Mesohippus Upper Teeth Pair, Three Toed Horse Fossil 1.jpg
Mesohippus bairdi Upper Teeth Pair
SITE LOCATION: Pennington County, South Dakota, USA
TIME PERIOD: Oligocene, 30 Million Years Ago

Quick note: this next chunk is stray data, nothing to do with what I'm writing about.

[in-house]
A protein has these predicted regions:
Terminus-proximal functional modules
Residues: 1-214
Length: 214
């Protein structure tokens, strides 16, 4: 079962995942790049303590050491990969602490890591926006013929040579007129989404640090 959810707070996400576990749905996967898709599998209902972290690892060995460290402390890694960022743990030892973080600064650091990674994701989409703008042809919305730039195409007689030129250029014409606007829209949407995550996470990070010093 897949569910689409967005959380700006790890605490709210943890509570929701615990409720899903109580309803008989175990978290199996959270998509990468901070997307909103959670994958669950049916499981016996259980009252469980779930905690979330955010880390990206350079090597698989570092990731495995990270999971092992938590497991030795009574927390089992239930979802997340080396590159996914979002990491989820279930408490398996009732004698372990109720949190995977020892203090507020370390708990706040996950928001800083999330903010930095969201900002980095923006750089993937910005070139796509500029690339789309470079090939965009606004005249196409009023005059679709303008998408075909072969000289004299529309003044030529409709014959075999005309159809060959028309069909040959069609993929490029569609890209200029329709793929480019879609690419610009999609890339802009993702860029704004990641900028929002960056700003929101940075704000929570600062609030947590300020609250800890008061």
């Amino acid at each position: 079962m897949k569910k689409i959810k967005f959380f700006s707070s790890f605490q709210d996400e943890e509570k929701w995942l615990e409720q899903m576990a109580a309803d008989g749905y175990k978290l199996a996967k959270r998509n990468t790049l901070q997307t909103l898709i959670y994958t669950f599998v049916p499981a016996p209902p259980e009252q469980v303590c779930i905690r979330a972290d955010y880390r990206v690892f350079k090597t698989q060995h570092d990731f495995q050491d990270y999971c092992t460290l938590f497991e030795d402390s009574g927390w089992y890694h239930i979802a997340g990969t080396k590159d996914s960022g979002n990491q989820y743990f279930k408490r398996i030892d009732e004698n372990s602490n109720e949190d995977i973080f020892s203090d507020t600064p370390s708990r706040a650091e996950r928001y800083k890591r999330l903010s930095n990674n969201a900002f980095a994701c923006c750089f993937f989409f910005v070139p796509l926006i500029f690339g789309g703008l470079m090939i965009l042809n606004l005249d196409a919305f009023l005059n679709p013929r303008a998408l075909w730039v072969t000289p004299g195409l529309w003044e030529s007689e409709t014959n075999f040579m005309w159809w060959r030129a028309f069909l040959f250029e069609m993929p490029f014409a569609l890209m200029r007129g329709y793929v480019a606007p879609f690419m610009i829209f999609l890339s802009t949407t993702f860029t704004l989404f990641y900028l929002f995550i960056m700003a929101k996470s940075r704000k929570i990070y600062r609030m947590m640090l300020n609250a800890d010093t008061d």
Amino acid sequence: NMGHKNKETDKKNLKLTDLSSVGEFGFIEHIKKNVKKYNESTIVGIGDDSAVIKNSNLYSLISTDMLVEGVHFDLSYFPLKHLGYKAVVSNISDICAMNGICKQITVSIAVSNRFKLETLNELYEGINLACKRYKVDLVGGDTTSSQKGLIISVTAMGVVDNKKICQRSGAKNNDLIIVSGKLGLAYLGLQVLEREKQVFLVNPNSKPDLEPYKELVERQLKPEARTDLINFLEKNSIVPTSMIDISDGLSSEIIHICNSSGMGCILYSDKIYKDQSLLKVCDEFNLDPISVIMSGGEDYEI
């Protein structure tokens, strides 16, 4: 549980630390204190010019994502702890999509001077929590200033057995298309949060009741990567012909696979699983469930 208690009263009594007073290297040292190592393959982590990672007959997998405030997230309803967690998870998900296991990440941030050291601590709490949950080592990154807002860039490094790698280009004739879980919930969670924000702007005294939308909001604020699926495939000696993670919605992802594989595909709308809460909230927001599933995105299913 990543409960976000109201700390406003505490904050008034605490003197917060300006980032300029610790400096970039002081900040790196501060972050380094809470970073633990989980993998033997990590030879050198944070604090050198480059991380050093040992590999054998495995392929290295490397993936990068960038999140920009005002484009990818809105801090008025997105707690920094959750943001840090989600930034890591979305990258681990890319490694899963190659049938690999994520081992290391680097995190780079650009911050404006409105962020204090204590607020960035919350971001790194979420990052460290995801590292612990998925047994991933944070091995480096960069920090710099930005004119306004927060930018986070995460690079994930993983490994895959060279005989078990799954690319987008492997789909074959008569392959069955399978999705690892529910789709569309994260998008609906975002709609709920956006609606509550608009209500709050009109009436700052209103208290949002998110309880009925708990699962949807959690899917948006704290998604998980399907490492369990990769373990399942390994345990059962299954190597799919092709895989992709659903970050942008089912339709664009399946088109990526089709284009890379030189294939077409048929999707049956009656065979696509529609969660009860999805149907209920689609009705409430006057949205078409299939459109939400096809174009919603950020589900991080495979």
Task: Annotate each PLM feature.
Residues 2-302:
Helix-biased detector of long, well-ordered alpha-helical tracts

Data: This is a pair of upper sections from the same individual. It is part of the palate of Mesohippus. There are 4 worn teeth and 1 partial tooth. Mesohippus (Greek: meso meaning "middle" and hippos meaning "horse") is an extinct genus of early horse. It lived some 30 to 40 million years ago from the Middle Eocene to the Early Oligocene. Like many fossil horses, Mesohippus was common in North America. Mesohippus had longer legs than its predecessor Eohippus and stood about 60 cm (6 hands) tall. It had also lost a toe and stood predominantly on its middle toe, although the other two were also used. The face of Mesohippus was longer and larger than earlier equids. It had a slight facial fossa, or depression, in the skull. The eyes were rounder, and were set wider apart and farther back than in Hyracotherium. Unlike earlier horses, its teeth were low crowned and contained a single gap behind the front teeth, where the bit now rests in the modern horse. In addition, it had another grinding tooth, making a total of six. Mesohippus was a browser that fed on tender twigs and fruit. The cerebral hemisphere, or cranial cavity, was notably larger than that of its predecessors; its brain was similar to that of modern horses.